Is Automation Enough to Save Supply Chains?

February 7, 2023

At a glance

  • Main takeaway: You may not realize it, but automation is everywhere. In fact, it could be the solution to help supply chains rebuild after the pandemic exposed the fragility of the industry.
  • Impact on your business: For supply chains to succeed, they need to look at automation within the context of a larger strategy and modify their business model.
  • Next steps: Aprio’s Manufacturing and Distribution Services and Digital Transformation and Cybersecurity teams can help you re-evaluate your supply chain strategy to identify automation solutions that improve your operational goals and build resiliency into your business.

Schedule a consultation with Aprio today.

The full story:

Automation is everywhere. We may not realize it in the moment, but its presence is growing. In the manufacturing industry, automation could be the key to offset resource costs, as manufacturers face the challenge of nearshoring their operations after the pandemic exposed the high risks of relying on a global supply chain.

While there are many different types of automation, for the purpose of this article we will focus on the two driving categories in supply chain: industrial robotic automation and robotic process automation. While neither type of automation is a new concept, especially for supply chains, their purposes are night and day.

  • Industrial robotic automation represents the physical world, and how the robots are interacting with that world. It has been used in a variety of ways, including robotic arms on the assembly line in the manufacturing industry, GPS-guided combines, food processing and packaging in the agricultural industry, and automated bulldozers in high-risk environments in the construction industry.

  • Robotic process automation represents the automation that takes place within the computer system to support the workflow that happens throughout the company. It streamlines processes by performing repetitive, low-level tasks (such as inventory counts), thus allowing your current employees to focus on higher-value activities. Additionally, robotic process automation can support your overall digital strategy, providing real-time insights and data.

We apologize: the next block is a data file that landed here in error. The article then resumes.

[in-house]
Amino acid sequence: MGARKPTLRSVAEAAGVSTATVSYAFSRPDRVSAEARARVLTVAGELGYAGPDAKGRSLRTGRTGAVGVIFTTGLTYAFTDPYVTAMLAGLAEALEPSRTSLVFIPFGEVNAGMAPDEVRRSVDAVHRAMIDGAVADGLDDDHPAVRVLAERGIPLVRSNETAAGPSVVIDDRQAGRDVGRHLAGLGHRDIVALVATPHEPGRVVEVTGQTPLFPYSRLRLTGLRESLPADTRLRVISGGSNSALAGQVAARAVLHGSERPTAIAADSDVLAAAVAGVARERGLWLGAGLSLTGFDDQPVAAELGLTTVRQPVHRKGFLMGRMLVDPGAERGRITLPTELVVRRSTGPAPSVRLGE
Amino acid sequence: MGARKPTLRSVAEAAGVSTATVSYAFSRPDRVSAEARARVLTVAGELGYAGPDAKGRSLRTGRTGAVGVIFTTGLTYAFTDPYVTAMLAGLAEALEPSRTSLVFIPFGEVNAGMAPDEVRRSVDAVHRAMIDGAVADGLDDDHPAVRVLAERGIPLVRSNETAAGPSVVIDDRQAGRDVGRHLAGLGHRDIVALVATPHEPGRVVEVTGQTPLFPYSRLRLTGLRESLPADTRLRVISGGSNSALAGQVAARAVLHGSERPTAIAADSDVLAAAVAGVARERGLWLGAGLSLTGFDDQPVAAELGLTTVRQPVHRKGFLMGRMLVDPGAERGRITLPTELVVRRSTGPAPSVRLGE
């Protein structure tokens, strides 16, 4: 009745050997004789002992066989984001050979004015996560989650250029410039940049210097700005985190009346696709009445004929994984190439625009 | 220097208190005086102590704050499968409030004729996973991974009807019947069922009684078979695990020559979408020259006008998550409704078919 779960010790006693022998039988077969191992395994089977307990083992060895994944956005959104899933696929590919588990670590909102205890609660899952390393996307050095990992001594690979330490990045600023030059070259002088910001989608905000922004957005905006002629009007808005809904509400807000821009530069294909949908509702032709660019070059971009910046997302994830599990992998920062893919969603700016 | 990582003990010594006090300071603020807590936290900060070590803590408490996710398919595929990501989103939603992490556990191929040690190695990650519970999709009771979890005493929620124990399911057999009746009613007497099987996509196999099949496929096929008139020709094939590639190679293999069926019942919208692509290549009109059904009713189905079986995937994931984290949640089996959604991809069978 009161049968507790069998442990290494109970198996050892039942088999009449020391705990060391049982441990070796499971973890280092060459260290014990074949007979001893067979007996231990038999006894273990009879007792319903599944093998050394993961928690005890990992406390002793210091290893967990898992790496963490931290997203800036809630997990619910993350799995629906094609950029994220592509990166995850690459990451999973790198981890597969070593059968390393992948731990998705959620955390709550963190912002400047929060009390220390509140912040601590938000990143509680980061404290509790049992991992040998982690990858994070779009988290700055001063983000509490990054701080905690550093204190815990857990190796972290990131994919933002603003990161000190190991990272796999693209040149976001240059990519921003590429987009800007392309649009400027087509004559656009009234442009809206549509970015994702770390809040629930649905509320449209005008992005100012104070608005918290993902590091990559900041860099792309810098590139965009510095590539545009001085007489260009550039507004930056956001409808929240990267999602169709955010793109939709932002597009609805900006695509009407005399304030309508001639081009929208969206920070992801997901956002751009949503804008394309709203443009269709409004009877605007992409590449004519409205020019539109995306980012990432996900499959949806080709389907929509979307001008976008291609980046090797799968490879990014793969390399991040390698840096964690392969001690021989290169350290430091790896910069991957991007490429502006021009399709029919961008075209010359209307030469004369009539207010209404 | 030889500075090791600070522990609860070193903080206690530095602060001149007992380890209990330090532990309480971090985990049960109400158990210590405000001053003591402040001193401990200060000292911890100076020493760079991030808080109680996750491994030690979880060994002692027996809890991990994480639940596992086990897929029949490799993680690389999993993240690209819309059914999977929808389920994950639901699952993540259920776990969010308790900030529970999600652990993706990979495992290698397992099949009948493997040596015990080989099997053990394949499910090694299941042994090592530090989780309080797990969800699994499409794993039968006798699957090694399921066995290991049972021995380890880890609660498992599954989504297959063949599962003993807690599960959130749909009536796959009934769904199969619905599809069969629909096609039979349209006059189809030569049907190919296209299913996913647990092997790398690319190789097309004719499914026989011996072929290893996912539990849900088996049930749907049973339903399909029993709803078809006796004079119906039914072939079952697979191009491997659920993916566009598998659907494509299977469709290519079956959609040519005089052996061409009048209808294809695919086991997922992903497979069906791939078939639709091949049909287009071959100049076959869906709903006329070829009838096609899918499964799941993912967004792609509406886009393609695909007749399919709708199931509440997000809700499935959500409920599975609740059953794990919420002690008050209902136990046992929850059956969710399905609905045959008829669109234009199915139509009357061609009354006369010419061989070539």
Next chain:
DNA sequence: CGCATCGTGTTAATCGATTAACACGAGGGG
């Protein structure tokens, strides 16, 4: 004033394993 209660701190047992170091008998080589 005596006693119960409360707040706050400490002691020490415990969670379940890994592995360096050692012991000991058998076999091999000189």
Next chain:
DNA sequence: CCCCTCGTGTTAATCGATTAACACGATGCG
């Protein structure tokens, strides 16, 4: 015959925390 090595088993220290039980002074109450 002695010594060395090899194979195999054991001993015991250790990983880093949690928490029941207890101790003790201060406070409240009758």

For supply chains, automation needs to fit within the context of a larger strategy for it to succeed.

Leveraging industrial robotic automation within supply chains enables manufacturers to change their business model.

While supply chains are still recovering from the aftermath of the pandemic, the illusion that automation alone is enough to save them is false. And yet, automation is a critical component that can be used to transform supply chains and potentially remediate the negative impact of the pandemic.

To succeed in adopting industrial robotic automation, you must first re-strategize your business model. The areas of your business that would benefit most from industrial robotic automation are your physical plant, process for resourcing raw materials and the contents of your production pipeline.

Many of today’s manufacturers are contemplating moving some, or all, of their operations back to North America, and thus closer to the consumer, in order to resolve supply chain issues. One of the many reasons manufacturers moved their operations offshore in the first place was cheaper labor costs. While the manufacturing industry continues to deal with labor shortages coupled with higher wage demands, leveraging industrial robotic automation can help you control and minimize excessive labor costs when reshoring production.